Adults with so-called long COVID have had greater challenges with health care access and affordability than other adults, and these barriers to care have implications for their well-being, said lead researcher
Breast cancer screening may be free for women with health insurance, but high costs may still keep some from getting needed follow-up tests, a new study finds.
The study, of more than 230,000 U.S. women who underwent screening mammography, found that those in insurance plans with higher out-of-pocket costs were less likely to get follow-up testing after an abnormal screening result.
Sanofi Inc. on Thursday became the third company to announce it will slash prices on its insulin products.
The French company announced that it will cut prices by 78% and cap out-of-pocket charges for its insulin, brand named Lantus, at $35 per month. The company will also lower prices on its short-acting insulin, Apidra, by 70%.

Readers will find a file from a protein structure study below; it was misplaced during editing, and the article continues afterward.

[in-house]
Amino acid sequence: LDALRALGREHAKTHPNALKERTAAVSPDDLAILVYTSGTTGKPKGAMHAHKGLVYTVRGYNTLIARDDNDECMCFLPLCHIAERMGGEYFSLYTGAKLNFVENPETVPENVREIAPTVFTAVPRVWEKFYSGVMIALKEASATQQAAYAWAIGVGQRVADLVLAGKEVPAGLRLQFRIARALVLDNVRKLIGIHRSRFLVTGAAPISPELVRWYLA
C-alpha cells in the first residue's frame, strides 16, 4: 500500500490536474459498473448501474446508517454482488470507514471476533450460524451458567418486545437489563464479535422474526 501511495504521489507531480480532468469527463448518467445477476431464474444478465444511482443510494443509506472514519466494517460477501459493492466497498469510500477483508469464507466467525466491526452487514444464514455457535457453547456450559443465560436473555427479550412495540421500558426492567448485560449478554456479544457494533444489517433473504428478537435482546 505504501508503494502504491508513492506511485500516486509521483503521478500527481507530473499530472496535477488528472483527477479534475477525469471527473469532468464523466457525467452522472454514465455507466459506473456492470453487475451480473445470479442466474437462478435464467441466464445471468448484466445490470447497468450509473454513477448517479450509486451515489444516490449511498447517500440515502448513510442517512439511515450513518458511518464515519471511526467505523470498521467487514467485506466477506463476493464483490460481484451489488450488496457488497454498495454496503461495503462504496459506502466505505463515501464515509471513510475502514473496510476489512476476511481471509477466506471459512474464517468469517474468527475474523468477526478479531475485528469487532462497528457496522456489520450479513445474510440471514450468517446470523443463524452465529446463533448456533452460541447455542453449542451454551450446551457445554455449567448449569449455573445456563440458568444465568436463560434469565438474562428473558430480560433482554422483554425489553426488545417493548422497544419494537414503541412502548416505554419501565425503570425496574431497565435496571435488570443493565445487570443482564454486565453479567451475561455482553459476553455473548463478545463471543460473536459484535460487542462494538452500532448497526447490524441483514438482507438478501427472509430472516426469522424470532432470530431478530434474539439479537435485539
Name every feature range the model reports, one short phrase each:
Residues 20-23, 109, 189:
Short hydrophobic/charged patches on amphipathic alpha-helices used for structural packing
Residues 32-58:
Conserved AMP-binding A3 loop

“Sanofi believes that no one should struggle to pay...
American adults who have no health insurance or those who are underinsured will still be able to get free COVID vaccines from Moderna, even after government-purchased supplies run out, the company announced Monday.
"Moderna's COVID-19 vaccines will continue to be available at no cost for insured people whether they receive them at their doctors' offices or local pharmacies. For uninsured ...
Email has become an easy and essential form of communication between patients and physicians -- so much so that doctors are deluged daily with messages from patients.
Now, some hospitals and health systems have started charging for doctors' responses to those messages, depending on the amount of work needed to respond. Only a handful of health systems have started billing for these, and t...